Tango Argentino > Leadership and how it arises

Discussion in 'Tango Argentino' started by All Sales Are Final, Apr 7, 2015.

  1. Lilly_of_the_valley

    Lilly_of_the_valley Well-Known Member

    *has been*, sorry.
  2. twnkltoz

    twnkltoz Well-Known Member

    I'm vastly confused as well. OP's first few posts talk about ladies asking him what he wants them to do, talks like he has no concept of lead and follow after 80 hours of instruction and dancing with a highly experienced partner, then says "oh never mind, looks like I was leading and didn't know it." I have no idea what's going on in this conversation.
    Lilly_of_the_valley likes this.
  3. JohnEm

    JohnEm Well-Known Member

    Yes, "abroad" is outside Argentina. Supposedly we learn "Argentine" Tango abroad
    but some Argentines themselves admit that they teach a "Tango for Export" version.

    I understood that and was addressing that. It is frequently unhelpful
    for men (new leaders) to learn the skill of leading with an experienced
    partner. I found it best to dance either with early learners who had
    natural dance ability or with a dancer from another genre who had
    no preconceptions of tango, its look nor its "moves", whatsoever.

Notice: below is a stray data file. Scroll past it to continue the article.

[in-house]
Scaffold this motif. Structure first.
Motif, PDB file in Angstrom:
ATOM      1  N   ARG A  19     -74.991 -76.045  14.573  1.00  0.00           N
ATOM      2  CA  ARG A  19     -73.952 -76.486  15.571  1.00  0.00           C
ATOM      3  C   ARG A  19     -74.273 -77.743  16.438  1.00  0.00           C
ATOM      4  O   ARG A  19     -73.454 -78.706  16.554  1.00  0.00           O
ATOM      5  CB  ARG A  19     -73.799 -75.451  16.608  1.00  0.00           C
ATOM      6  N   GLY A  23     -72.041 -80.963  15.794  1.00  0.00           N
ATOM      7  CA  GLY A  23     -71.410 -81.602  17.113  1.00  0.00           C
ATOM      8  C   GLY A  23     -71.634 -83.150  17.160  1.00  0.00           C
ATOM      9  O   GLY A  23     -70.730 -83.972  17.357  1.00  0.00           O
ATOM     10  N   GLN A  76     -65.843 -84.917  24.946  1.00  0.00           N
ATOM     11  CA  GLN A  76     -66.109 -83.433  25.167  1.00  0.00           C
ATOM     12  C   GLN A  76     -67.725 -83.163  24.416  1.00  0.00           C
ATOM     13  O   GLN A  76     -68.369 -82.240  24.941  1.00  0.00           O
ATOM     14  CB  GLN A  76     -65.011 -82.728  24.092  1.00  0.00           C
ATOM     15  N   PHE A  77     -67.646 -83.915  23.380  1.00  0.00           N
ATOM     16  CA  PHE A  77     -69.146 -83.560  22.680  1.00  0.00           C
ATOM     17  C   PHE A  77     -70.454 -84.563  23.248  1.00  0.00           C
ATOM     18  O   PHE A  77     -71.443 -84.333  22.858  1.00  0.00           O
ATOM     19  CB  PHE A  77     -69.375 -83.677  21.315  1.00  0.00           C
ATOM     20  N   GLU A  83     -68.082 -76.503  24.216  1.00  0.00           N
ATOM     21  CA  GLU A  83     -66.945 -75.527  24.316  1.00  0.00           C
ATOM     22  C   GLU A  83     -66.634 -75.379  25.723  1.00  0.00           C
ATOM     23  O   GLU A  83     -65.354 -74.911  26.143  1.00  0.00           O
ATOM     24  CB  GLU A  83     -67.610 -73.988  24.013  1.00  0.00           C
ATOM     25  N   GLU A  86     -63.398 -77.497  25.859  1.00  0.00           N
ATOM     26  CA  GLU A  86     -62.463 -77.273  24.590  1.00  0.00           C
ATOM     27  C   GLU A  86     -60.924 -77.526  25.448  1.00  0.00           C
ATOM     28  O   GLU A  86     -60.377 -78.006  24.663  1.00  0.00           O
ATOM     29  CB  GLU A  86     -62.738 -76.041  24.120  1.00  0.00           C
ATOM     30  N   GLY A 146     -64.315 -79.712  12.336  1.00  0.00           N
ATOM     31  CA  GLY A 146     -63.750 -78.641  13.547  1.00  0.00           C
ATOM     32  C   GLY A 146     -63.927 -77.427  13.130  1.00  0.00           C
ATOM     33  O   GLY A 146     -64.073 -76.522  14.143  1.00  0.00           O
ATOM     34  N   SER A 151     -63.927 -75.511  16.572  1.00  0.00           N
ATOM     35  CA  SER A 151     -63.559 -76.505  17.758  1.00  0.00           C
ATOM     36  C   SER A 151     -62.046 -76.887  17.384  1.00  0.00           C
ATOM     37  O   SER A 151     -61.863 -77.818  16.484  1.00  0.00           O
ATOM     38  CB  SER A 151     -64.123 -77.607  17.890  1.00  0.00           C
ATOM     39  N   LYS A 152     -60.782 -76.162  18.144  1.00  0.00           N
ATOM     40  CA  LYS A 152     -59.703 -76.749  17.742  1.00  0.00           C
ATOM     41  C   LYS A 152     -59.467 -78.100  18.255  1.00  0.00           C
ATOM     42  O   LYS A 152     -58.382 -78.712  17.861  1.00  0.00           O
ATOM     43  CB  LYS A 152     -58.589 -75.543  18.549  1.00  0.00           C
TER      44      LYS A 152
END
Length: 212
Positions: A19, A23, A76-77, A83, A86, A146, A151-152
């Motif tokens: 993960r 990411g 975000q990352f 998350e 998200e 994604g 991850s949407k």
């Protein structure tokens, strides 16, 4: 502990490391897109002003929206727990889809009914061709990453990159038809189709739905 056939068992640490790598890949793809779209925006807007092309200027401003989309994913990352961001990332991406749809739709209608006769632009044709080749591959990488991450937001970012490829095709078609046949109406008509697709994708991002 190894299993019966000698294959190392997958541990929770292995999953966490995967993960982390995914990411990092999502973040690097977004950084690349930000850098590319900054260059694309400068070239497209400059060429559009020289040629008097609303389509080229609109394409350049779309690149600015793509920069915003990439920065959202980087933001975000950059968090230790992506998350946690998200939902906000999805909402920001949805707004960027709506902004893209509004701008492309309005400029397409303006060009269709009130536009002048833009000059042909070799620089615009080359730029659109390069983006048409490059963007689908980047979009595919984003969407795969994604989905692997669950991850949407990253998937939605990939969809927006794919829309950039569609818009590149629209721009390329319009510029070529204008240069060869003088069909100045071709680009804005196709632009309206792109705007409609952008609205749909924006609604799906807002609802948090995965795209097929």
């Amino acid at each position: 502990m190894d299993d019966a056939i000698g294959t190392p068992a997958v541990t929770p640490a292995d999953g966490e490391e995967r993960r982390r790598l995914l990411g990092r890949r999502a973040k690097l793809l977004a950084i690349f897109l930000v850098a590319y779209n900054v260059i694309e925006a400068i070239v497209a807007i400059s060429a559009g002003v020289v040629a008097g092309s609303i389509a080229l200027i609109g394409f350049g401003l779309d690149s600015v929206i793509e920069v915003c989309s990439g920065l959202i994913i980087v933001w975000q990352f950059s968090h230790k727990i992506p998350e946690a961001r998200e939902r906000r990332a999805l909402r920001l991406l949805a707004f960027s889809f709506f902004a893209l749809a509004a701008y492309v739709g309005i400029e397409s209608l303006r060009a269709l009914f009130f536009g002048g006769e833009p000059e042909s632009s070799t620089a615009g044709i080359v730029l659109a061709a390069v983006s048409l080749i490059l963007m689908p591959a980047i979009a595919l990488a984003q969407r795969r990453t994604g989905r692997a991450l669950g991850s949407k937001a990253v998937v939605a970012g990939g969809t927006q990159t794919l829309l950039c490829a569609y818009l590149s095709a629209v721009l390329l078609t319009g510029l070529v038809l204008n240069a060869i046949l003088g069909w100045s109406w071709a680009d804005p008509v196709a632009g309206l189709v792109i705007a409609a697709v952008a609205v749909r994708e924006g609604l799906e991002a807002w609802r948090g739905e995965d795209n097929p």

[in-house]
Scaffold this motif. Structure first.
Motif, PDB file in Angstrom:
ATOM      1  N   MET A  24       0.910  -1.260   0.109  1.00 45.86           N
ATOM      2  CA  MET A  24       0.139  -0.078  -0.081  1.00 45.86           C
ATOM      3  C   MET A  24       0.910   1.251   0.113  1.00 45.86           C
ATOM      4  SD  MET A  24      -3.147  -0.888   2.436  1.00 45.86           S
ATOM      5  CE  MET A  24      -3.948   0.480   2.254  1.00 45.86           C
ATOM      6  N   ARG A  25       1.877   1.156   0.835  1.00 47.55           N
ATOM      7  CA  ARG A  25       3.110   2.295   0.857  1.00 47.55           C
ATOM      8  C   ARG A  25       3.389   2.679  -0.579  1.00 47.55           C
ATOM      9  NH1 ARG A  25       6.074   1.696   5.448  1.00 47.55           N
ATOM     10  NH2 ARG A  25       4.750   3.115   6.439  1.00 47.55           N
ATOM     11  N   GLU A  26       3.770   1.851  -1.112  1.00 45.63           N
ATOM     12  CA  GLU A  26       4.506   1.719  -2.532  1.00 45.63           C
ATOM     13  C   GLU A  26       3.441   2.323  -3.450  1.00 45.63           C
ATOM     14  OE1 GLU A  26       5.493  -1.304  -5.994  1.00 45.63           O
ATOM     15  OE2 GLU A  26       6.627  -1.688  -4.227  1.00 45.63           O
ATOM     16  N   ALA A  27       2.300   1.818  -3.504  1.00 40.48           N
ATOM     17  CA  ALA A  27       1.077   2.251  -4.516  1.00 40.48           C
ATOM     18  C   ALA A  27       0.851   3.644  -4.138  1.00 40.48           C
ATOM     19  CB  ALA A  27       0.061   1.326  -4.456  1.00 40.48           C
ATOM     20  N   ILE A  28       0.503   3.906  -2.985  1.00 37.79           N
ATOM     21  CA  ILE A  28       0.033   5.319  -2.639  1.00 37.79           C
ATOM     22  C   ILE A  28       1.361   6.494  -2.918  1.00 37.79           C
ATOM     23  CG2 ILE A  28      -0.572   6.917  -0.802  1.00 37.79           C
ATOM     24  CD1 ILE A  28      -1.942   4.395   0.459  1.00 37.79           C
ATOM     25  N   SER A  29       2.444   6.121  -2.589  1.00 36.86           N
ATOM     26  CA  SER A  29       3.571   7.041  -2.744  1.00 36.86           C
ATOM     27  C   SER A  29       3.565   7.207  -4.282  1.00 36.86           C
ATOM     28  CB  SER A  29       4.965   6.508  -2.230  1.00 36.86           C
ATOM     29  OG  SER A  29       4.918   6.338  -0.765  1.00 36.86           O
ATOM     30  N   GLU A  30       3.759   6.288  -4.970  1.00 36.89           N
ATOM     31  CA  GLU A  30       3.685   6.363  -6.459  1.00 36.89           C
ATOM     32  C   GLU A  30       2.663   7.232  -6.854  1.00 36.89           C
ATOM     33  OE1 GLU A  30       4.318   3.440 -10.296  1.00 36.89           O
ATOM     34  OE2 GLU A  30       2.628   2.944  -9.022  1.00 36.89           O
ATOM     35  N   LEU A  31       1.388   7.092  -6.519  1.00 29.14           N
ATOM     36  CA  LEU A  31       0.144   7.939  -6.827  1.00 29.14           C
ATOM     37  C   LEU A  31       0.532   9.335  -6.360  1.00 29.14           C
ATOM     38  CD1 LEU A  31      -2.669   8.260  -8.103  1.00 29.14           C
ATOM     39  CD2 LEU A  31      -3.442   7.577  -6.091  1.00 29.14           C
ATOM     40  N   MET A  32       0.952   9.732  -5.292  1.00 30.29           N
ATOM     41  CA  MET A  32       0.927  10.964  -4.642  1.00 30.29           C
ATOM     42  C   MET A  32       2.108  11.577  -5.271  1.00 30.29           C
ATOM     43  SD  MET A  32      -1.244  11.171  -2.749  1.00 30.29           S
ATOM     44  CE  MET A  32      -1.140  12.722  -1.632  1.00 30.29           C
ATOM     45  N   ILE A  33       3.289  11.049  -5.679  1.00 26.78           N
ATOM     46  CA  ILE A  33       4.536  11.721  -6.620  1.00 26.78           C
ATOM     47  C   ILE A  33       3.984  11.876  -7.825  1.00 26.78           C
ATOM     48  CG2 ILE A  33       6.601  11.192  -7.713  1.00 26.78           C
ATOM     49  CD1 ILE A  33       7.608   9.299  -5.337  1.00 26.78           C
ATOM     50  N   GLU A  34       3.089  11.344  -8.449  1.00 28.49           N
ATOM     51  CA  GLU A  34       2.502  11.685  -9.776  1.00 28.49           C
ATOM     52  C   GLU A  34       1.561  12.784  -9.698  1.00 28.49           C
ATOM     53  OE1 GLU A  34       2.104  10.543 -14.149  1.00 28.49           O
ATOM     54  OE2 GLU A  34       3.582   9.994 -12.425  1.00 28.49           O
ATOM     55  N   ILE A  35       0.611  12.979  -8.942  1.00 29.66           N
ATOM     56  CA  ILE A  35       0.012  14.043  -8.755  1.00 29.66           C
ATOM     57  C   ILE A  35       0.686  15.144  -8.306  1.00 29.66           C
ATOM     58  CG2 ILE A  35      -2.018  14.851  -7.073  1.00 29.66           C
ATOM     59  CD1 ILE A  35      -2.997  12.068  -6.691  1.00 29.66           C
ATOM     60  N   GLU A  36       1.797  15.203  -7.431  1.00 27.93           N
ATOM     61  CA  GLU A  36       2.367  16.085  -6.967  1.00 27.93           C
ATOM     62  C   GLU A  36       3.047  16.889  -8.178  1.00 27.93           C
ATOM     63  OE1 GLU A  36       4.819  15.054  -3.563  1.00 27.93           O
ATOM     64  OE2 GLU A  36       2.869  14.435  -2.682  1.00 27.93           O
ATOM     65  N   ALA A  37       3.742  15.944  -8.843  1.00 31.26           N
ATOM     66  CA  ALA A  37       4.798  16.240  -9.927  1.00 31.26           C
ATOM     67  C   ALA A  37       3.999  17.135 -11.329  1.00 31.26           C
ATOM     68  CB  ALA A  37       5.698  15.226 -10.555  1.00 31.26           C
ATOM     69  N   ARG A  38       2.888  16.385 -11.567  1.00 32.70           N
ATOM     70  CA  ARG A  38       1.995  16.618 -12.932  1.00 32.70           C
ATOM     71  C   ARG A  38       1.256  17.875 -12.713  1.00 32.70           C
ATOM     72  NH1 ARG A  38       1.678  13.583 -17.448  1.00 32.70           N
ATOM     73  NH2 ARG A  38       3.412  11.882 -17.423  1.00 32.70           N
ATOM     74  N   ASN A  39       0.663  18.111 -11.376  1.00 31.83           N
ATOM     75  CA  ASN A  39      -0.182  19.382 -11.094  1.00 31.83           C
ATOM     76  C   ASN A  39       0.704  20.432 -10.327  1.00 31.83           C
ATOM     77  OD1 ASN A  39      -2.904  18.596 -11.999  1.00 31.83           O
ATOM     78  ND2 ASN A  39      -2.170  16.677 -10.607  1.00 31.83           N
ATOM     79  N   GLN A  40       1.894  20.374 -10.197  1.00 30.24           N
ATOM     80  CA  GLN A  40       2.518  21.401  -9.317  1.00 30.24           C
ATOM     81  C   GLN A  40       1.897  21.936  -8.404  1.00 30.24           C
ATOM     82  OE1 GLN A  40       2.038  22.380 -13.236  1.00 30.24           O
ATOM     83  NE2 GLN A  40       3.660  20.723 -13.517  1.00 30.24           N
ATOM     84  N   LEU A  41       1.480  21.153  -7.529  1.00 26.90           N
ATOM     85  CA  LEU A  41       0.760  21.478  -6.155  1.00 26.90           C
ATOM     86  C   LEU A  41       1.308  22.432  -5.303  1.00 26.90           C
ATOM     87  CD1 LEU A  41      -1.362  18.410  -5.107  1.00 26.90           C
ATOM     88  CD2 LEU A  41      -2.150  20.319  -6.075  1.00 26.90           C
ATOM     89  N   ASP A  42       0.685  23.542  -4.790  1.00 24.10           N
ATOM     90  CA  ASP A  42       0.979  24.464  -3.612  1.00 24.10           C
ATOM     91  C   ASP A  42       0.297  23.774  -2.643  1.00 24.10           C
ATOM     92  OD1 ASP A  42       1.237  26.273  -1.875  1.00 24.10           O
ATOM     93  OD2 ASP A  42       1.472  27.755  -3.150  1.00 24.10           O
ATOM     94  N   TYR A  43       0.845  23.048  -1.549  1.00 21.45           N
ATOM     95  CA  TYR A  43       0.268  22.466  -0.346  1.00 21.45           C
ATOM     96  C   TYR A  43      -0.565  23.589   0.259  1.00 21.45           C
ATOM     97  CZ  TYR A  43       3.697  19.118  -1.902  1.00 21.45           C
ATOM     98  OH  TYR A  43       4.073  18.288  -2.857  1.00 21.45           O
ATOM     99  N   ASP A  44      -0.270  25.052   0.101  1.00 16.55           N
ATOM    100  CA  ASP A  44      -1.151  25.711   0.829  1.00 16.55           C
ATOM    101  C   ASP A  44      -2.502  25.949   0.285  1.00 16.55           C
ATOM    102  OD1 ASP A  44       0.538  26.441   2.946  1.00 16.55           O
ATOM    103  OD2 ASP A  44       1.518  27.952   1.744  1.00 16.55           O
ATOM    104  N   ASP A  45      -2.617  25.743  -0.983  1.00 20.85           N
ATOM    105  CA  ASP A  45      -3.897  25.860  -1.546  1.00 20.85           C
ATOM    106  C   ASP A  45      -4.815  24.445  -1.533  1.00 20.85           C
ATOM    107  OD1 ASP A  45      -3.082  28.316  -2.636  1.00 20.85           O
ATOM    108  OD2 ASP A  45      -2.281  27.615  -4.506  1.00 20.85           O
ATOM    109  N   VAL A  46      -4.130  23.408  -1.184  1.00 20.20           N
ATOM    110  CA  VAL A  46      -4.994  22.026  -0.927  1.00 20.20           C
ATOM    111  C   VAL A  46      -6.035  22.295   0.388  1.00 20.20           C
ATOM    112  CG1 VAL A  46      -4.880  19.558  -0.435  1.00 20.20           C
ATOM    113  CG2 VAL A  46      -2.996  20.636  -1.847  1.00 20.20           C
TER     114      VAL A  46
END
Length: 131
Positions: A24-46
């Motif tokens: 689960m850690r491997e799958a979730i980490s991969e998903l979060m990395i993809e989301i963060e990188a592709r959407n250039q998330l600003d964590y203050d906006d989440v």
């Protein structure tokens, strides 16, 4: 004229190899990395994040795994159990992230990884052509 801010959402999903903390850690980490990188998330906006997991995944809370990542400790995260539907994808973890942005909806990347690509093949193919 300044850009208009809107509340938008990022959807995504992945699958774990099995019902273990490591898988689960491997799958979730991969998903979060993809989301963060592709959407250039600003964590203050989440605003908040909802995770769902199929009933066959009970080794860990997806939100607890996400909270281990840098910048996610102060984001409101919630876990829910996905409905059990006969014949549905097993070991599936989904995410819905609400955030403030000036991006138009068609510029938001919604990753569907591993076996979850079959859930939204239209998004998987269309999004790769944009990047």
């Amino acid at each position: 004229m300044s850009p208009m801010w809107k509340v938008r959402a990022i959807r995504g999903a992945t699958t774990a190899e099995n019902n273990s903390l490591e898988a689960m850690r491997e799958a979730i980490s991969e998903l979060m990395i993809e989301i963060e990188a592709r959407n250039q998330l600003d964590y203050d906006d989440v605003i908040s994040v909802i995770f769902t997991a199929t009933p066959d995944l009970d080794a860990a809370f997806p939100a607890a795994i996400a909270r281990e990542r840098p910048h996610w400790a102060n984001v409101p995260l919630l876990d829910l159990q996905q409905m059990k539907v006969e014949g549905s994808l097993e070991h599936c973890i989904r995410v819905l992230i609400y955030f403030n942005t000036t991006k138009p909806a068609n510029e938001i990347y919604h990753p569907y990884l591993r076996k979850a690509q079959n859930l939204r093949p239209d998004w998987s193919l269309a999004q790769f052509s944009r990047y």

You are writing about what you were taught. If you won't or cannot blame
    your teachers then you must blame, or at least question, yourself.
    And I am talking to you directly trying to help rather than talking about you
    as others are. So in that Hopefully helpful vein perhaps you should also
    ponder if you are cut out for this dance because not everyone is.
    Or do as I did when I faced a crossroads, whether to continue or abandon,
    by researching and seeking other explanations of what the dance is.
    The best for that remains www.tangoandchaos.org which gives the best
    insight into the actual social dance in Buenos Aires rather than what is
    taught abroad (again). The technicalities are not perfect but it is all we have.

    She seems to have been rather brusquely showing you, by leading you,
    what it is you have to do. Maybe you were not paying attention,
    maybe she was frustrated at your lack of comprehension as some
    posters on here are displaying, maybe at your lack of physical commitment.
    This is a physical yet sensual dance and we have no idea of what you are.
    On the other hand, maybe she was just a bad leader?
    No, it looks like a good attempt as far as it goes.
    But we could have a long conversation about what is right
    and wrong about much of it. Maybe parts of the descriptions
    are missing, maybe you don't understand, maybe your teacher
    doesn't understand. I cannot tell.

    Thanks for the detailed embrace description and I certainly disagree